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Berke, J.H. (1987). February 1986 at the Royal Society of Medicine: The Arbours, 15+ Years. Brit. J. Psychother., 4(1):72-75.

(1987). British Journal of Psychotherapy, 4(1):72-75

The Arbours Association Anniversary Lecture 11

February 1986 at the Royal Society of Medicine: The Arbours, 15+ Years

Joseph H. Berke

On behalf of the Arbours Association I would like to welcome you to our 15th anniversary celebration. In fact in a couple of months' time it will be 16 years since the group was established in the spring of 1970. In considering 16 years of Arbours activities I would like briefly to review, our past - our history, as well as touch upon our present work and future plans.

The Arbours was founded by Dr Morton Schatzman, myself, our wives and others in order to provide personal, psychotherapeutic support, and places to live outside mental hospital for people in emotional distress. I would like to quote from a statement in one of our first brochures as it presents some of our motivating beliefs, beliefs which we continue to hold today:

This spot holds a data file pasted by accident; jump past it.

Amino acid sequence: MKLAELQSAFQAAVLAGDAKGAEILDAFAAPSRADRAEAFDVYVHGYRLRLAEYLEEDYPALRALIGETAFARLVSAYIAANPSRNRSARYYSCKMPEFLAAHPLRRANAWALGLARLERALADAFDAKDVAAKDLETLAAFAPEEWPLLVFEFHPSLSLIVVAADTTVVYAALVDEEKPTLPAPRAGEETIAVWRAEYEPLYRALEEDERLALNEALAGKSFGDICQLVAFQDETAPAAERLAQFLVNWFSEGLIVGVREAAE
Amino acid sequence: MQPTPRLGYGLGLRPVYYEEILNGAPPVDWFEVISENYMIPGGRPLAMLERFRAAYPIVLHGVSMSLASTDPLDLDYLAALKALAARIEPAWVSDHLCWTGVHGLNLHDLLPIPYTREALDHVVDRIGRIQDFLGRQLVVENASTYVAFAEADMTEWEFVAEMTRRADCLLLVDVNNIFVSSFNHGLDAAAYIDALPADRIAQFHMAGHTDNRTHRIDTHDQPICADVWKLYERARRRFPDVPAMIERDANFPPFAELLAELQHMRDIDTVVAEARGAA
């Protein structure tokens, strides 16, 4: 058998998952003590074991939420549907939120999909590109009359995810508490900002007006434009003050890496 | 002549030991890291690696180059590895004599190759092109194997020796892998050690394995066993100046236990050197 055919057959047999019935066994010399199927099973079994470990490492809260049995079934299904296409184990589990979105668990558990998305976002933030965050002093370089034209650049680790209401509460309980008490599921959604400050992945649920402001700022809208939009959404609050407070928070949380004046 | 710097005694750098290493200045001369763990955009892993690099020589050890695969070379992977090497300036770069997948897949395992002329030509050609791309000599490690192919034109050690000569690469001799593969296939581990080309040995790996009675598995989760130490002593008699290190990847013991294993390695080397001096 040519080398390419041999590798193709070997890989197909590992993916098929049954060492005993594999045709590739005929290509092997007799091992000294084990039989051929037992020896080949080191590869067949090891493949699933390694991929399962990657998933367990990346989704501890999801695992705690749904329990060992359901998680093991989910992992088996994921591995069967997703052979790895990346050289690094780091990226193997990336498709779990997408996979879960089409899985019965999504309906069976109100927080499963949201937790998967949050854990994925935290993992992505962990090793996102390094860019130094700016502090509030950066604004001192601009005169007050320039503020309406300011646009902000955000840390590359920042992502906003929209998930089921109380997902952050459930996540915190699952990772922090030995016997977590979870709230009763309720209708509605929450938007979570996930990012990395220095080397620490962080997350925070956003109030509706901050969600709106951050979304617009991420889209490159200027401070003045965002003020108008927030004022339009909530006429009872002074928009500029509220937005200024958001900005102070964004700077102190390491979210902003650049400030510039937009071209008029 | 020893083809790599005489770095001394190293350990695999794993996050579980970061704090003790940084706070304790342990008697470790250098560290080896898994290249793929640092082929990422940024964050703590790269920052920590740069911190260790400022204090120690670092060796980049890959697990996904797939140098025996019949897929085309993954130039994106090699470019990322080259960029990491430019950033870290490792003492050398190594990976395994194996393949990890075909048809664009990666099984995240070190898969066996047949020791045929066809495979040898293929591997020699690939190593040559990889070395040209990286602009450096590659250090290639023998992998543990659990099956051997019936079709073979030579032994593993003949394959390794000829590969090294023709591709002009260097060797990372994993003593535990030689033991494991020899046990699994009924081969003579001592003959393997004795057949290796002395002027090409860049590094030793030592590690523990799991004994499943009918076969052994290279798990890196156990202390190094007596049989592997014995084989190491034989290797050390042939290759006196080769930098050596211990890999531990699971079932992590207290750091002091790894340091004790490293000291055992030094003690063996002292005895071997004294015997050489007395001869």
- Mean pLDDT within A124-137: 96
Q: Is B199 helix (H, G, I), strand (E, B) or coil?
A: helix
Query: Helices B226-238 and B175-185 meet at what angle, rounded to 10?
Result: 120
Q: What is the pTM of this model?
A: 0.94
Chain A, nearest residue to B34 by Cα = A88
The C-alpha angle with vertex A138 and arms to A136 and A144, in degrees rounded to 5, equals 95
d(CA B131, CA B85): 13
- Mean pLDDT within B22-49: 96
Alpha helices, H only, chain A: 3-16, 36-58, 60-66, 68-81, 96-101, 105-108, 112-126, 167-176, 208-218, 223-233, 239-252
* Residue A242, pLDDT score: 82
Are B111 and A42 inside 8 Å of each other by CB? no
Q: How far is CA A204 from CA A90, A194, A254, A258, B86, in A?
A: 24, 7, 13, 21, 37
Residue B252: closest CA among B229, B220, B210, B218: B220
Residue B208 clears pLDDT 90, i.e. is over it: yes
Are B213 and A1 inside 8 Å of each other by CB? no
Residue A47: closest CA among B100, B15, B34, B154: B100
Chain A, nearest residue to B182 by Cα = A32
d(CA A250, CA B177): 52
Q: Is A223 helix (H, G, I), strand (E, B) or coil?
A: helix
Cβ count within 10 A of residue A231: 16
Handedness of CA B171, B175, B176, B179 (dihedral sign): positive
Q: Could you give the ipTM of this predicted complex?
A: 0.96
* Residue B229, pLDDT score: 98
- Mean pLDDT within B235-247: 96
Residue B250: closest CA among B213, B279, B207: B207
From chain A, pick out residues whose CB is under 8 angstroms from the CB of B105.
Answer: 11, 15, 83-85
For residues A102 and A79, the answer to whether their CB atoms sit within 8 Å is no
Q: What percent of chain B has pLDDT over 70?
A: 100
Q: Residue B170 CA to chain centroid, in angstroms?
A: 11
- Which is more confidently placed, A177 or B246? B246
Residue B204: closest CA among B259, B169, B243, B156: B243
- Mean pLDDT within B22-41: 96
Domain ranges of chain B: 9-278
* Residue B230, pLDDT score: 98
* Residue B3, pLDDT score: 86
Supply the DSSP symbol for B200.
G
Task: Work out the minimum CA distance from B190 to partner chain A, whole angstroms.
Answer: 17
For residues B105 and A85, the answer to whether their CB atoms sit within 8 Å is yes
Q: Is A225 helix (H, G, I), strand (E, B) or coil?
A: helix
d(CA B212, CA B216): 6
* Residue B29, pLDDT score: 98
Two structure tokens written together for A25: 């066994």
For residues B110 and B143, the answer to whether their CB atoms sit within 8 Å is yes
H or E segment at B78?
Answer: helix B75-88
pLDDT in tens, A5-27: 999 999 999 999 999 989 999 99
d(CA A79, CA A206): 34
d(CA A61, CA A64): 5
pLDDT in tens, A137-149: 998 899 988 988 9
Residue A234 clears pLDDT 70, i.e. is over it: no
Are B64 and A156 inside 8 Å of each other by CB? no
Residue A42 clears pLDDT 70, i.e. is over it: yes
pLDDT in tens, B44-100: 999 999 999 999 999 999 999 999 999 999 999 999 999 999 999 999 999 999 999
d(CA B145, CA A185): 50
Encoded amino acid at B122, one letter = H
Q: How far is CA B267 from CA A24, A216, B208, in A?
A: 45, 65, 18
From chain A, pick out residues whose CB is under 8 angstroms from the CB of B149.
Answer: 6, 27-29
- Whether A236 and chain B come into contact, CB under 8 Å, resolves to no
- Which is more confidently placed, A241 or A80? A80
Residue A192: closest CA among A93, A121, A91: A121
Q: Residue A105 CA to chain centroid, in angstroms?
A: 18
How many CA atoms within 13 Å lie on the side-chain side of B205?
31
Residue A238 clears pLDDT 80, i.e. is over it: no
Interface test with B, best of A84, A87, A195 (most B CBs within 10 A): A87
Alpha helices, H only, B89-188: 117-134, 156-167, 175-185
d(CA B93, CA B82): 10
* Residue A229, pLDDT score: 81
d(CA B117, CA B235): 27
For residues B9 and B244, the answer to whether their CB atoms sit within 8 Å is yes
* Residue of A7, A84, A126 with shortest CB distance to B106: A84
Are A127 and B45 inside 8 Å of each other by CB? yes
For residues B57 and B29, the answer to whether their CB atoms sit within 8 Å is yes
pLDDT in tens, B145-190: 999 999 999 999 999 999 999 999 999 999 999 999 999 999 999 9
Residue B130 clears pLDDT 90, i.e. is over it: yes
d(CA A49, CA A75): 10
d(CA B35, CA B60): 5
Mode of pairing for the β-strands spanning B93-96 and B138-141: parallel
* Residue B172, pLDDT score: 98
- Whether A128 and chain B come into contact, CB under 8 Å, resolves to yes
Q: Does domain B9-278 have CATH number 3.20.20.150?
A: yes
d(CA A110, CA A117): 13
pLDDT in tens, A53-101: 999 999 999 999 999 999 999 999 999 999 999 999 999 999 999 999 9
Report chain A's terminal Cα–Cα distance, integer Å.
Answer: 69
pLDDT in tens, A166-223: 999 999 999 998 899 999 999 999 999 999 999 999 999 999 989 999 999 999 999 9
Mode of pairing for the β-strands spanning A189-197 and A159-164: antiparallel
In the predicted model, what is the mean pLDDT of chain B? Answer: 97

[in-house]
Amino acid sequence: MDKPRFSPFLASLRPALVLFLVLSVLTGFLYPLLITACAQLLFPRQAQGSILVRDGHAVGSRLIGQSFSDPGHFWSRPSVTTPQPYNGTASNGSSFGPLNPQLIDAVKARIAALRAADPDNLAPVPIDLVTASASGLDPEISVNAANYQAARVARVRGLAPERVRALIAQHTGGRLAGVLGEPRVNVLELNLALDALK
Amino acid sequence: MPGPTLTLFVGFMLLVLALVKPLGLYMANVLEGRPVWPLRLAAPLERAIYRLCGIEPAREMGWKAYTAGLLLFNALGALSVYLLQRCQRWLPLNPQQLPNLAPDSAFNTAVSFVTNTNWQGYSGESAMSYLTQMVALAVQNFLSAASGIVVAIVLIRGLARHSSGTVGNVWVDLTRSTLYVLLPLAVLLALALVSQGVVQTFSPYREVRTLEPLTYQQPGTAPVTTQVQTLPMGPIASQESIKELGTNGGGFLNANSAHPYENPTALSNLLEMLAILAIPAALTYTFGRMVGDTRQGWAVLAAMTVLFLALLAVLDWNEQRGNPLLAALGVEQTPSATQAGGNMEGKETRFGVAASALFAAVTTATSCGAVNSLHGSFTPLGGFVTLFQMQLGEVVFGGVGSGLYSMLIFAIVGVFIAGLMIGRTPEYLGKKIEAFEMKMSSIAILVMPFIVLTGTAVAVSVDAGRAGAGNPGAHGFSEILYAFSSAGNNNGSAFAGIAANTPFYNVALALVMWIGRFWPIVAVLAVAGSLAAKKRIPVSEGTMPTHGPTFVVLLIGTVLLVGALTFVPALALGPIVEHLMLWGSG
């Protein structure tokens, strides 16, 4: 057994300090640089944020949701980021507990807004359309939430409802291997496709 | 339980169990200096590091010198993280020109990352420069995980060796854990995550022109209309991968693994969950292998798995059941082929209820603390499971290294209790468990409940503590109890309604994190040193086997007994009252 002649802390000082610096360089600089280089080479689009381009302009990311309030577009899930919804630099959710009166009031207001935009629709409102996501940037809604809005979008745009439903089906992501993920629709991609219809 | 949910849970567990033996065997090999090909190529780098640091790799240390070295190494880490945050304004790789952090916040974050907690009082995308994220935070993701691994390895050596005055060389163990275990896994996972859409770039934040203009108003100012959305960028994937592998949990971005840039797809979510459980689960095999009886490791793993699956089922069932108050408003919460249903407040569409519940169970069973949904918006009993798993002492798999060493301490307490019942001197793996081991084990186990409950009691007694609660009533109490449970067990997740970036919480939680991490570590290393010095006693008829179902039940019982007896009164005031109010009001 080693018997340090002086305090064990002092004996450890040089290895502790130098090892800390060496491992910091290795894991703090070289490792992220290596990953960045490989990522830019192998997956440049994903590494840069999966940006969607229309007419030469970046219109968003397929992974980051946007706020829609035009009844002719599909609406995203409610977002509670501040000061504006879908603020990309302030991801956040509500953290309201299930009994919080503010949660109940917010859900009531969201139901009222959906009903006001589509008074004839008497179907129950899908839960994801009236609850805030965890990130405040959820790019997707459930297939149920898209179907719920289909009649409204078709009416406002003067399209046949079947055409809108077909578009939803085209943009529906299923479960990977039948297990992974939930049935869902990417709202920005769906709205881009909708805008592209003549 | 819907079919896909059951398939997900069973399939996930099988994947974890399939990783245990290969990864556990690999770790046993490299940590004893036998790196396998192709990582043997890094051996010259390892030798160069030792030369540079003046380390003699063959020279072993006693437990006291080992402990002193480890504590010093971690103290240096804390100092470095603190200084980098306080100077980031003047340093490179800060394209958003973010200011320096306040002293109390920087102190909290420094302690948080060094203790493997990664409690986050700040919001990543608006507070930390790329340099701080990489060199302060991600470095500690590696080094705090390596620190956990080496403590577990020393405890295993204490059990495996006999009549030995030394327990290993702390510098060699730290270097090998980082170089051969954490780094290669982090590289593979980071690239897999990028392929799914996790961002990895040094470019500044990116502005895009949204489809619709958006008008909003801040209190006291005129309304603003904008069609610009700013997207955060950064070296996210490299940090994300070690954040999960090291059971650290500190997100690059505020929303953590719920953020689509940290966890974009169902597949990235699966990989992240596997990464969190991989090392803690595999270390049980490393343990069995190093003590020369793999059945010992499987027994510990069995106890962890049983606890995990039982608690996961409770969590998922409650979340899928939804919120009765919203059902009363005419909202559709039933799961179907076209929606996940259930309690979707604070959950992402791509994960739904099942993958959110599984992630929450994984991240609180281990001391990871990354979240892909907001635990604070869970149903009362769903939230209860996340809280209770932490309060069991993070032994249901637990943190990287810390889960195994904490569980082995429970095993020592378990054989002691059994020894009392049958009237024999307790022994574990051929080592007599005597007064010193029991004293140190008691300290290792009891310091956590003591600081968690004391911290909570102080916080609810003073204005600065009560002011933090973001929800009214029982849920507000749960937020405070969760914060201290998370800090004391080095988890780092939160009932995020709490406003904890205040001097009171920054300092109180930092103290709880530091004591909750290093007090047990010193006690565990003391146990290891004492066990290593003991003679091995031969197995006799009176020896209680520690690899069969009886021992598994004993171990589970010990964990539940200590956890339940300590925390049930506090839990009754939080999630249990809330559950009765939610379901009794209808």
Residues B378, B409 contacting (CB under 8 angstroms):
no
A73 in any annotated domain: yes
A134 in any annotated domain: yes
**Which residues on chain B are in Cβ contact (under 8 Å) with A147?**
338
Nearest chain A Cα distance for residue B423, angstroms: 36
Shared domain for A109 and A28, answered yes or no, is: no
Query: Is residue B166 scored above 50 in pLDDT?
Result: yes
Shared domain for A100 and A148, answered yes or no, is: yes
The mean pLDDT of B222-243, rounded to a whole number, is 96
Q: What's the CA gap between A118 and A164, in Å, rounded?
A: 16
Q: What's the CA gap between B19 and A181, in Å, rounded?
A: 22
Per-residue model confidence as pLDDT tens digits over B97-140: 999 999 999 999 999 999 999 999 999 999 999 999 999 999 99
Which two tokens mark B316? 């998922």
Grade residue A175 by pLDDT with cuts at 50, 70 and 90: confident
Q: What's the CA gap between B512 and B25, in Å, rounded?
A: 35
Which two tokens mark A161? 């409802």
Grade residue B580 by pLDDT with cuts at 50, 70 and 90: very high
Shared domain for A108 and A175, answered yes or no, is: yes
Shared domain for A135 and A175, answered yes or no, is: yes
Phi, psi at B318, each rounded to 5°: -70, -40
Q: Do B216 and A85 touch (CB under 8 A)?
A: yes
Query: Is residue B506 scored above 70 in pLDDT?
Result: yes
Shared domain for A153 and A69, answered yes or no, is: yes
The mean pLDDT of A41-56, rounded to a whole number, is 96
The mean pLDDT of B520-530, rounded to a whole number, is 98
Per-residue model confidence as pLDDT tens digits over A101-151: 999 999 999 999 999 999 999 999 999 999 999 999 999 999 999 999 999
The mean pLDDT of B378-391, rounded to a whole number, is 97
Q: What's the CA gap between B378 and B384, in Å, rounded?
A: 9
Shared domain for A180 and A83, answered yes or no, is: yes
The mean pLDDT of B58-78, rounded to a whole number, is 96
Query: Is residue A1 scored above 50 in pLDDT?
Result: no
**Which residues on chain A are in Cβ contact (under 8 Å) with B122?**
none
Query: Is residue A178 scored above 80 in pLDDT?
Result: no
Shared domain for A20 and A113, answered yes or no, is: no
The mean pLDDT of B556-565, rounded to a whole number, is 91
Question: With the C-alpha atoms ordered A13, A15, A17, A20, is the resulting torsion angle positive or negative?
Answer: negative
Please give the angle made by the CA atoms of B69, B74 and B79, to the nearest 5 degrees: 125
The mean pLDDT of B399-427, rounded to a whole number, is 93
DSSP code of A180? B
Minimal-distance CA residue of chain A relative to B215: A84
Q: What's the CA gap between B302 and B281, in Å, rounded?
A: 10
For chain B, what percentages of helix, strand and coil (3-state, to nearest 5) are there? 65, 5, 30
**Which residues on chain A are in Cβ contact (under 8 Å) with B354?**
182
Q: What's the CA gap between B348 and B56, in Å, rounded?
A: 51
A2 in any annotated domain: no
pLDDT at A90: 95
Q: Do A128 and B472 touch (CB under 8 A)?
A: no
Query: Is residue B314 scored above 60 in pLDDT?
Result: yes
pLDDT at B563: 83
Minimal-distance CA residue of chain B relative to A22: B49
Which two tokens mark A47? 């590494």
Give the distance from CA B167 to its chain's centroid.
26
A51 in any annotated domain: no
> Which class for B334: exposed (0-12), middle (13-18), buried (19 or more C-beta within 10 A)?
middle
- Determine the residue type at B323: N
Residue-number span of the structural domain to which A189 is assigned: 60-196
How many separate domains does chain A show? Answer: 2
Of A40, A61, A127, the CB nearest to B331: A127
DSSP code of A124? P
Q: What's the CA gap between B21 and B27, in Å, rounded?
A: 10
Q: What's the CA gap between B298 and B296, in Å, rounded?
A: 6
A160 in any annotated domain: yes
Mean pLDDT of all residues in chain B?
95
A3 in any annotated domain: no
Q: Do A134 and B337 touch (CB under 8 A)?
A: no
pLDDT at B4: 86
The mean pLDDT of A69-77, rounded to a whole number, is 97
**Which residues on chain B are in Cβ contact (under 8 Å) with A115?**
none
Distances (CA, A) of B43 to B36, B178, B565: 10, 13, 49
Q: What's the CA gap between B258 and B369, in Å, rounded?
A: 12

We feel it is more helpful and humane to give persons who have been or could become mental patients a chance not to be seen as mentally ill, called mentally ill, or treated as mentally ill. There are practical reasons for this approach. The label ‘mental patient’ remains a severe social stigma. It may limit work, travel and educational opportunities. Other people - friends, relatives or strangers - behave differently towards those they perceive as ‘mentally ill’. They are often intimidating, rejecting or patronising. Furthermore the term ‘mental illness’ can be confusing and unhelpful for the people to whom it is applied. The ‘mentally ill person’ tends to take on others' unsympathetic attitudes and abdicate responsibility for his life to outside authorities or institutions, all to his detriment.

[This is a summary excerpt from the full text of the journal article. The full text of the document is available to journal subscribers on the publisher's website here.]

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